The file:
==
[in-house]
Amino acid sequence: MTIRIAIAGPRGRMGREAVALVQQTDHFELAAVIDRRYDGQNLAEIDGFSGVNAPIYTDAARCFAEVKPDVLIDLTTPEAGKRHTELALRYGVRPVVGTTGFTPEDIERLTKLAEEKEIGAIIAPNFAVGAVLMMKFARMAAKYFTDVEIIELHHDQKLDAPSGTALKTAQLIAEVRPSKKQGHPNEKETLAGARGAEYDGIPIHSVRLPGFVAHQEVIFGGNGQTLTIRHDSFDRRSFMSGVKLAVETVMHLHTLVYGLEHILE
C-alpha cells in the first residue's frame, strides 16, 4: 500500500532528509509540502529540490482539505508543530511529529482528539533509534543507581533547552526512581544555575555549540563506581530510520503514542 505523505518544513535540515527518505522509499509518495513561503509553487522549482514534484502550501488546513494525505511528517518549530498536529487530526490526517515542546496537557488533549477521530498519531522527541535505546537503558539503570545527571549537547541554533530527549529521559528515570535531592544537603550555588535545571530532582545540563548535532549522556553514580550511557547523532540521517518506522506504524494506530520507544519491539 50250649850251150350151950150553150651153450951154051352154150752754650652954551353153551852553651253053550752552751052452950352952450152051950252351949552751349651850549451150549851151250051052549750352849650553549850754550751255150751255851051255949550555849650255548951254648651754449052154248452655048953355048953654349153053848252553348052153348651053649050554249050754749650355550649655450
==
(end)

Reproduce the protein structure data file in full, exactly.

[in-house]
Amino acid sequence: MTIRIAIAGPRGRMGREAVALVQQTDHFELAAVIDRRYDGQNLAEIDGFSGVNAPIYTDAARCFAEVKPDVLIDLTTPEAGKRHTELALRYGVRPVVGTTGFTPEDIERLTKLAEEKEIGAIIAPNFAVGAVLMMKFARMAAKYFTDVEIIELHHDQKLDAPSGTALKTAQLIAEVRPSKKQGHPNEKETLAGARGAEYDGIPIHSVRLPGFVAHQEVIFGGNGQTLTIRHDSFDRRSFMSGVKLAVETVMHLHTLVYGLEHILE
C-alpha cells in the first residue's frame, strides 16, 4: 500500500532528509509540502529540490482539505508543530511529529482528539533509534543507581533547552526512581544555575555549540563506581530510520503514542 505523505518544513535540515527518505522509499509518495513561503509553487522549482514534484502550501488546513494525505511528517518549530498536529487530526490526517515542546496537557488533549477521530498519531522527541535505546537503558539503570545527571549537547541554533530527549529521559528515570535531592544537603550555588535545571530532582545540563548535532549522556553514580550511557547523532540521517518506522506504524494506530520507544519491539 50250649850251150350151950150553150651153450951154051352154150752754650652954551353153551852553651253053550752552751052452950352952450152051950252351949552751349651850549451150549851151250051052549750352849650553549850754550751255150751255851051255949550555849650255548951254648651754449052154248452655048953355048953654349153053848252553348052153348651053649050554249050754749650355550649655450